The Future is for Sale


The Orlando Sentinel ran a real tear-jerker today about a pretty stretch of land near Old Town in Kissimmee, Fla., that's been up for sale for 25 years:

Vedaland, which means land of knowledge, was announced with much fanfare in 1989 by magician Doug Henning and the Maharishi Mahesh Yogi, a guru to The Beatles who introduced the West to Transcendental Meditation. Henning died of cancer in 2000, and the Maharishi died at his home in the Dutch town of Vlodrop this year….

The park plan originally included a building seemingly suspended above water without supports, a "magic flying chariot" that took riders inside the molecular structure of a rose, and robots that would fly through the air, performing magic tricks.

For all its faults (re: voter fraud, snow birds, Charlie Crist's tan, YouTube rednecks, Clear Water), Florida also plays sanctuary for some cool shit (Fantasy of Flight) and plenty of weird attractions (Dinosaur World). The state's love affair with the open blacktop coupled with its lack of high culture (I'm convinced a causal relationship exists between the two), means that no one thinks twice about driving two hours to visit the Jesus theme park.   

One of the obstacles for any sort of nifty development, however, is the ridiculous zoning obstacles in many of the state's counties. As a former urban planning intern for the City of Orlando—the hot, dirty seat of Orange County—I can attest that there's nothing more daunting to an entrepreneur or a developer than having to sort through the setbacks, the height requirements, the permitted colors palate, the ugliness limits, and so on, that have to be met before one can even think about breaking ground. Orange County is not unique in this respect, and for all its efforts has proved to be especially inept at stymying or even directing growth.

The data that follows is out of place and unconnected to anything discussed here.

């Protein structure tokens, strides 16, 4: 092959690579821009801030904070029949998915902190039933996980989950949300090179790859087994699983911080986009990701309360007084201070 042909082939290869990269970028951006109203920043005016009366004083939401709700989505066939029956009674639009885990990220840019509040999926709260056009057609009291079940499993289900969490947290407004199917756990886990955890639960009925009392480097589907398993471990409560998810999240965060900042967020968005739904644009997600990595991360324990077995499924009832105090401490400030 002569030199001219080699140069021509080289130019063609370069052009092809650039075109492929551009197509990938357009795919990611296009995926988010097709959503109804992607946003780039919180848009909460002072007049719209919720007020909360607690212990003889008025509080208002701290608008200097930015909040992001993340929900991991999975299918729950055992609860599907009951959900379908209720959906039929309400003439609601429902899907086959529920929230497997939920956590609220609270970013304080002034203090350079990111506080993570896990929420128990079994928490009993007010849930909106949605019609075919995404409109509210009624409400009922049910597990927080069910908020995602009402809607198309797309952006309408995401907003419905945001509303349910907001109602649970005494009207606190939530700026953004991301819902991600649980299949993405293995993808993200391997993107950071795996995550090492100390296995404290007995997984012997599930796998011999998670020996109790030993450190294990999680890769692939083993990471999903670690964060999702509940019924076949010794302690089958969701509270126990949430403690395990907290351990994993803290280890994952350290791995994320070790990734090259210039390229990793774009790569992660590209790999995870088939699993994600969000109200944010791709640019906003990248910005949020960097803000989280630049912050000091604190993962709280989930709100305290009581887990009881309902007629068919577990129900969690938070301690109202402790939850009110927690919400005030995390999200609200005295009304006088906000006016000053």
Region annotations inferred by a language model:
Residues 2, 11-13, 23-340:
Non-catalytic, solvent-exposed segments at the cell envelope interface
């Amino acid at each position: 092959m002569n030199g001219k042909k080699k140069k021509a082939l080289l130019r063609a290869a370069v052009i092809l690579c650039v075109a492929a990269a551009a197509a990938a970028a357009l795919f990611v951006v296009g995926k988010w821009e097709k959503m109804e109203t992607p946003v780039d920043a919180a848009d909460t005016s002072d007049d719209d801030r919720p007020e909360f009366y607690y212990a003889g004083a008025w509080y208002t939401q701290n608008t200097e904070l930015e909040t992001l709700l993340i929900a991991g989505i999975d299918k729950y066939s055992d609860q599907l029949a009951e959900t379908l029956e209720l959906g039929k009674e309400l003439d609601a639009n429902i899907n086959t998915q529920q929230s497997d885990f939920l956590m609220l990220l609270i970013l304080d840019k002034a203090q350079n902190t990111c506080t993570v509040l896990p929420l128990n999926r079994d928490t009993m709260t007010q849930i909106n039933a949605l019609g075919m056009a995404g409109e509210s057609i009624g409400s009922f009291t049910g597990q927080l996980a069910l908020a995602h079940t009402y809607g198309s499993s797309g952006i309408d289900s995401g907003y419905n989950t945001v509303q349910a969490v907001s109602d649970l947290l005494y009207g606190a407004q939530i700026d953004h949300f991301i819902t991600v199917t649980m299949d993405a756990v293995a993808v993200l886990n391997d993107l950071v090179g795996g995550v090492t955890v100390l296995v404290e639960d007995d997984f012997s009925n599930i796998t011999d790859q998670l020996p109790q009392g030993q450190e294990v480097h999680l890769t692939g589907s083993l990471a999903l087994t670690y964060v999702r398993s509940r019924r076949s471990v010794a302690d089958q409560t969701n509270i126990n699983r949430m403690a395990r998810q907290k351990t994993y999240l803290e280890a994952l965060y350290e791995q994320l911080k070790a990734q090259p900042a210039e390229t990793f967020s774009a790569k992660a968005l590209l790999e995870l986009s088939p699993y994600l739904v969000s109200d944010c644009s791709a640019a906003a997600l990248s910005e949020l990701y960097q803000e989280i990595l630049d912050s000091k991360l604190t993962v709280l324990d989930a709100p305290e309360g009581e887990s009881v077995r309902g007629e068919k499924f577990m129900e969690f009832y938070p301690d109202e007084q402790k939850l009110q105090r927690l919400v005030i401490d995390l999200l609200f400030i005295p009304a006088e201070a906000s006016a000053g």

Alas, Vedaland, due to Orange County's various obstacles, may never see enlightened—or other— days:

While the property is listed on tax rolls as agricultural land because of a tree-farming operation, an Internet sales listing cites a study that "suggests potential development scenarios up to 800,000 square feet of commercial space and as many as 4,300 multifamily residential units."

[T]he tract is zoned for a planned development, [but] the original approvals expired in 2005. A new owner would have to start the process from the beginning, county officials said.